Since CUL2 and CUL5 knockdown did not affect the Ad-mediated degradation of TIF1γ (Fig. 5), we next investigated whether CUL2 or CUL5 knockdown affected specifically the E4orf3-dependent degradation of TIFIγ. To do this, we first ablated CUL2 and CUL5 expression in HeLa cells by RNAi and then transfected knockdown cells with either pcDNA3, Ad5 HA-E4orf3, or Ad12 HA-E4orf3 (Fig. 8B). Consistent with our earlier observations, CUL2 or CUL5 knockdown had no affect on the ability of either Ad5 or Ad12 HA-E4orf3 to promote the degradation of TIF1γ (Fig. 8B). In order to extend these observations and the TIF1γ-E4orf3 colocalization work presented in Fig. 2C, we next investigated by coimmunoprecipitation whether Ad E4orf3 associates with TIF1γ in the absence of other Ad proteins in vivo. Therefore, we transfected HeLa cells with FLAG-tagged TIF1γ and either Ad5 or Ad12 HA-tagged E4orf3 and then immunoprecipitated FLAG-tagged TIF1γ and assessed E4orf3 binding by Western blotting. Consistent with the TIF1γ-E4orf3 colocalization data, immunoprecipitation of FLAG-tagged TIF1γ coimmunoprecipitated HA-tagged Ad5 and Ad12 E4orf3 (Fig. 8C).
Taken together, these data establish that E4orf3 binds specifically to TIF1γ and is solely responsible for targeting TIF1γ for degradation. In this regard, we have determined that E4orf3 does not employ the CRLs utilized by E1B-55K and E4orf6 to promote TIF1γ degradation.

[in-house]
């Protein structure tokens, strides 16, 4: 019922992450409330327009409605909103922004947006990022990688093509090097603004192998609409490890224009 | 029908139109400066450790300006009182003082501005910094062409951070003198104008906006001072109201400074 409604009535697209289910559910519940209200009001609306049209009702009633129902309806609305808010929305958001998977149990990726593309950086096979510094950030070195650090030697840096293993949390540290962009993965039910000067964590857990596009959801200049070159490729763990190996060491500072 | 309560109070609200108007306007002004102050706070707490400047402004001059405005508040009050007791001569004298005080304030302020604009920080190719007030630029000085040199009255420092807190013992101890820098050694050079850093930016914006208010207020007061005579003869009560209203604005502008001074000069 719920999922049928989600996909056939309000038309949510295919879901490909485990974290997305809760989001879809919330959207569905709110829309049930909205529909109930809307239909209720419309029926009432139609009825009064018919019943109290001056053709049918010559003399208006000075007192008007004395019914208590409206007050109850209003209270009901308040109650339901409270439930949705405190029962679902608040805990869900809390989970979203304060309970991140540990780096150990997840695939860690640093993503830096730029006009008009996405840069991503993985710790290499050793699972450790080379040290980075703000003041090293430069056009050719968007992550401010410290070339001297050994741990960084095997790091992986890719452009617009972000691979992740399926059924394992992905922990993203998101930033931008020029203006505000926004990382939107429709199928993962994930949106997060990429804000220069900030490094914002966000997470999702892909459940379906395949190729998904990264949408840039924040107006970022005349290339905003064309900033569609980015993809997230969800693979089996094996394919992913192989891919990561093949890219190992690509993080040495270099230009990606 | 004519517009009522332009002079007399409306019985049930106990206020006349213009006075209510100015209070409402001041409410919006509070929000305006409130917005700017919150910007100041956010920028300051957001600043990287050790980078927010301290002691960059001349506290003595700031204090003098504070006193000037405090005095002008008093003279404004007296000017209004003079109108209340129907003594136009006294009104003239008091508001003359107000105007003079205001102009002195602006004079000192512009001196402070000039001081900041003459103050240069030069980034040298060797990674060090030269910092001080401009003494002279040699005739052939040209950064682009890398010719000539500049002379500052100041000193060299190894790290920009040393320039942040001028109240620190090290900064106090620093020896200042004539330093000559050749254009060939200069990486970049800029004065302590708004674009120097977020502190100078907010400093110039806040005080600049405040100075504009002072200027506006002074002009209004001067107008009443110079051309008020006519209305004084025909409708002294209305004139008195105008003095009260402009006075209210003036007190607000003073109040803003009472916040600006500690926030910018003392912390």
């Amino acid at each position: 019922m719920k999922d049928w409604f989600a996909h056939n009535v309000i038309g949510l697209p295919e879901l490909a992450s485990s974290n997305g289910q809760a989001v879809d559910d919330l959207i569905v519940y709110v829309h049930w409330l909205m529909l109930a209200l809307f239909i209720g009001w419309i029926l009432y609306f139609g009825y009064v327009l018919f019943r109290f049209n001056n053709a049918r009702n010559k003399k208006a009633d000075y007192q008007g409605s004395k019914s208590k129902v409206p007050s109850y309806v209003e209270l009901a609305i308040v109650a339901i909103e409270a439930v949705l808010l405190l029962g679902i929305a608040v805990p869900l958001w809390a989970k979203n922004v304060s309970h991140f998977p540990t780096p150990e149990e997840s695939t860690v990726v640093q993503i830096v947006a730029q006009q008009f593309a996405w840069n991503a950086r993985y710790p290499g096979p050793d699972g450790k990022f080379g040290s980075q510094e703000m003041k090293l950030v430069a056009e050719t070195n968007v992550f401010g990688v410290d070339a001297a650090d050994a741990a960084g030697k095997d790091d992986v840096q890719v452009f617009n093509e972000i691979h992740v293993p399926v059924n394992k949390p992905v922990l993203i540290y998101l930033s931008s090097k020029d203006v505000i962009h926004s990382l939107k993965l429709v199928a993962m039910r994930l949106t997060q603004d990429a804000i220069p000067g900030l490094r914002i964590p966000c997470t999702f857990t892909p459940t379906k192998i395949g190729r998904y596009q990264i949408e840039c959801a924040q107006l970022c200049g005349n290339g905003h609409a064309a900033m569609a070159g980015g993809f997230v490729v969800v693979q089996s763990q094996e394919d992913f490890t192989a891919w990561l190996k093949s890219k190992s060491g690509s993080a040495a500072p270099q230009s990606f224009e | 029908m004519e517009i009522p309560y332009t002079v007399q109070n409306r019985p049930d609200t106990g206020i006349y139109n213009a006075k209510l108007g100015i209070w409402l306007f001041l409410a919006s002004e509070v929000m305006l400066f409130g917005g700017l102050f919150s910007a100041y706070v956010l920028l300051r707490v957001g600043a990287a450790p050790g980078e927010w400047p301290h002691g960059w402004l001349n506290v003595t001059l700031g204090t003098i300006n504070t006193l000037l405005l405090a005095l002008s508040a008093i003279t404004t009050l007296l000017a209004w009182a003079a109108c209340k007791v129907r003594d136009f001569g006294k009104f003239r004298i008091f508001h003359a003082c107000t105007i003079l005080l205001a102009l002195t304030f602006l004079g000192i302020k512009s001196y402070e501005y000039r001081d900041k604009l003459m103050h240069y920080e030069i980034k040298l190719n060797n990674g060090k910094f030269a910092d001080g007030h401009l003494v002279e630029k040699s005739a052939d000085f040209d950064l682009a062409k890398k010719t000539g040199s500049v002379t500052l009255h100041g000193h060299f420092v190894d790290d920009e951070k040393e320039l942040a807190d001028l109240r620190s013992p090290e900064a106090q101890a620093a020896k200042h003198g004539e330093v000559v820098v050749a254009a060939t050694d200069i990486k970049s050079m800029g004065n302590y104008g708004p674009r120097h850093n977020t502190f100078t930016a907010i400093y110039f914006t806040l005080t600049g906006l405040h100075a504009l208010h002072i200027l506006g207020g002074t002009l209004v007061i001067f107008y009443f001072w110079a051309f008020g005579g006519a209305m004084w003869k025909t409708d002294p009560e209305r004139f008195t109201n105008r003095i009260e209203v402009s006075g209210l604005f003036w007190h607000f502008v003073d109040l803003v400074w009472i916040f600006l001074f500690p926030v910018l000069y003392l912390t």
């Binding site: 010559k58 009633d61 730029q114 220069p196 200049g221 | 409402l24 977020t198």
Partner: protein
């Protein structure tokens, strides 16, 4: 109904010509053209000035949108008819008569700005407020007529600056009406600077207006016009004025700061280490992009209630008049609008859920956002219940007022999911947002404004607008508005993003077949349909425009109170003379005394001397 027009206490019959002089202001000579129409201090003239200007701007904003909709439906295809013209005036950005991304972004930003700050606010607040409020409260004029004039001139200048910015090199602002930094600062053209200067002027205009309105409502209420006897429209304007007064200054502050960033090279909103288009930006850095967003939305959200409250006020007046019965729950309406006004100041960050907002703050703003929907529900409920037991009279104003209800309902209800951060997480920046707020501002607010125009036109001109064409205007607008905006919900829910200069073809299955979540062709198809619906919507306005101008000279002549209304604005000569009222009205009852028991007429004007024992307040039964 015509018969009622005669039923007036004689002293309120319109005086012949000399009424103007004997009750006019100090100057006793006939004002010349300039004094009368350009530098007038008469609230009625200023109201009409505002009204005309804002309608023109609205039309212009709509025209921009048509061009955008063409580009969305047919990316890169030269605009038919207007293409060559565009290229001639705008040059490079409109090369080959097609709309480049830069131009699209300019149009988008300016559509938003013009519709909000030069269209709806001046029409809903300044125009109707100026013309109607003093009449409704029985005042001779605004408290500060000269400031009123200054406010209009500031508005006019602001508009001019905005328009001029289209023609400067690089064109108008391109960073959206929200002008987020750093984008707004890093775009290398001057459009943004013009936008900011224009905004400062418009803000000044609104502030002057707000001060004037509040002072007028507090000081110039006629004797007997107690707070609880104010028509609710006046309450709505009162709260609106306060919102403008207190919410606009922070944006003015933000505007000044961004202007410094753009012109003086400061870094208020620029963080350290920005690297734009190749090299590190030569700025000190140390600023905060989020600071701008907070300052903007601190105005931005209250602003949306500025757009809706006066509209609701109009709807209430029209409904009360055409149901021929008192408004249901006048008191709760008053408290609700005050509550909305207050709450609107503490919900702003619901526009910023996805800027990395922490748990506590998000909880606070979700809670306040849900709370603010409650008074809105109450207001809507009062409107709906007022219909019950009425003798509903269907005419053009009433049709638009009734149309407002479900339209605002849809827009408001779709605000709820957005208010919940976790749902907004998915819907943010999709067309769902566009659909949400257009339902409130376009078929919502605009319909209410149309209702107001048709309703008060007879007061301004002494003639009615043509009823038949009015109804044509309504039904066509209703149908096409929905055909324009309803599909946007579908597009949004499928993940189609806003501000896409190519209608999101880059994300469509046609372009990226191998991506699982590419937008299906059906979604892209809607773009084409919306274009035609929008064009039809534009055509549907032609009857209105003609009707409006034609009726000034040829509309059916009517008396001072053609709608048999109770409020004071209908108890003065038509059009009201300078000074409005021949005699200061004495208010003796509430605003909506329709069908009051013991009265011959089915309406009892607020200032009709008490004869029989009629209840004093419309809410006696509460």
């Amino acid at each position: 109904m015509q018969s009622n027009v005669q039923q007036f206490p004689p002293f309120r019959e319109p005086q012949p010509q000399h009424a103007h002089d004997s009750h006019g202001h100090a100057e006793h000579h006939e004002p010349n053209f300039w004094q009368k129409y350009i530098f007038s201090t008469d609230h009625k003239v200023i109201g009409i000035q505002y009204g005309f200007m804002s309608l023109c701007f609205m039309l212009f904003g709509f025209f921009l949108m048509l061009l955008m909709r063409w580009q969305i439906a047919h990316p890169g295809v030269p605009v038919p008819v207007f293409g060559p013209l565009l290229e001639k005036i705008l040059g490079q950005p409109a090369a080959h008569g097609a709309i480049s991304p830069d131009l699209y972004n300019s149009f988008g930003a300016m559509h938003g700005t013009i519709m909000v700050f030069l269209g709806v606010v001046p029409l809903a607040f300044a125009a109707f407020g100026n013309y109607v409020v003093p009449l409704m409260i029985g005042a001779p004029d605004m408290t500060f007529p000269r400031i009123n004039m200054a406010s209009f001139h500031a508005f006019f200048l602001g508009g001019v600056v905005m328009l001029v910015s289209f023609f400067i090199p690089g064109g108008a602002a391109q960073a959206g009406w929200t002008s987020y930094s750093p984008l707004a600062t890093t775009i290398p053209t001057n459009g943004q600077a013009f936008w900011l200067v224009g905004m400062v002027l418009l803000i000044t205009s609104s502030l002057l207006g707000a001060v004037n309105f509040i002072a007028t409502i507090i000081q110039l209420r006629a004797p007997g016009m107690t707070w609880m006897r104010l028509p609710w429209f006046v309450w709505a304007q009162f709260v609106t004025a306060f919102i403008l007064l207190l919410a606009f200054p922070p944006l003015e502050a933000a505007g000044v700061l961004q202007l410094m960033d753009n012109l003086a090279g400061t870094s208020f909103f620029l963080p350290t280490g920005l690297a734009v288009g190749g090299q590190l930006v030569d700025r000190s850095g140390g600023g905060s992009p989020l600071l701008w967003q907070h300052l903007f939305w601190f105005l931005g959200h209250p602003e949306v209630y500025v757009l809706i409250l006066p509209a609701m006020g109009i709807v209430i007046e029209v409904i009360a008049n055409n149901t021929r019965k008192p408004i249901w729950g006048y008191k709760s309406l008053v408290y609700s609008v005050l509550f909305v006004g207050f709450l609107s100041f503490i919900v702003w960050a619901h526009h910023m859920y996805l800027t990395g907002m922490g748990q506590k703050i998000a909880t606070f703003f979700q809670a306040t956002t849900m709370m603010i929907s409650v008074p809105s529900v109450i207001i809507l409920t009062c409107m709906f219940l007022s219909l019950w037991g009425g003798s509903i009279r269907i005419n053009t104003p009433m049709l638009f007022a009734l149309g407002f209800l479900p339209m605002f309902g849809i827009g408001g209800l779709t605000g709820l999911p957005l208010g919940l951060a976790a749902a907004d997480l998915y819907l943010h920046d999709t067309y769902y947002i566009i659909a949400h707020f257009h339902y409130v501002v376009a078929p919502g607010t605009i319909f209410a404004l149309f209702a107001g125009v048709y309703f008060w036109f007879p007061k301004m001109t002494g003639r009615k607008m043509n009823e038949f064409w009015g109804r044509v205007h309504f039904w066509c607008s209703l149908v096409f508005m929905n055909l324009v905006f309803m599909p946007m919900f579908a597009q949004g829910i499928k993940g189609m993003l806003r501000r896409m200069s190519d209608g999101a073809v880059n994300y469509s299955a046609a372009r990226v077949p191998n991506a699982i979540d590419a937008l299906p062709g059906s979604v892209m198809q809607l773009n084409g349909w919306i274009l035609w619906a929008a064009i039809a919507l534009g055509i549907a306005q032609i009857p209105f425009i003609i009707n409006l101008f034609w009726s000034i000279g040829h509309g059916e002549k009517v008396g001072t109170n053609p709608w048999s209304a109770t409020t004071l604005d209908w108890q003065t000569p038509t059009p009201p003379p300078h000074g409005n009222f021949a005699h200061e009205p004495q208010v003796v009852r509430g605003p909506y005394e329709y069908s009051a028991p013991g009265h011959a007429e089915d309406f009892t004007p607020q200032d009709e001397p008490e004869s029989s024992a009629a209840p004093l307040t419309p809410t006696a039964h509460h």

In order to determine the significance of the Ad-mediated degradation of TIF1γ during infection, we first investigated the consequences of TIF1γ knockdown upon Ad protein expression and the Ad-mediated degradation of MRE11. To do this, we treated HeLa cells with either nonsilencing siRNA or TIF1γ siRNA, infected knockdown cells with either Ad5 or Ad12, and then monitored Ad and MRE11 protein levels by Western blotting (Fig. 9A and B). Initial observations revealed that TIF1γ expression had been successfully ablated by siRNA and that both Ad5 and Ad12 promoted TIF1γ degradation in cells treated with nonsilencing siRNA (Fig. 9A and B). Significantly, although Ad5 and Ad12 both promoted the rapid degradation of MRE11 in cells treated with nonsilencing siRNA, the Ad-mediated degradation of MRE11 proceeded more rapidly in cells, where TIF1γ expression had been ablated by siRNA (Fig. 9A and B). Consistent with these observations, Ad early region proteins were expressed at increased levels and, in some instances, at earlier times during infection in cells where TIF1γ expression had been knocked down by siRNA (Fig. 9A and B). Late viral proteins were similarly expressed earlier during Ad5 infection of TIF1γ-knockdown cells relative to control cells, although the lack of appropriate antibodies precluded such analyses for Ad12 (Fig. 9A and B).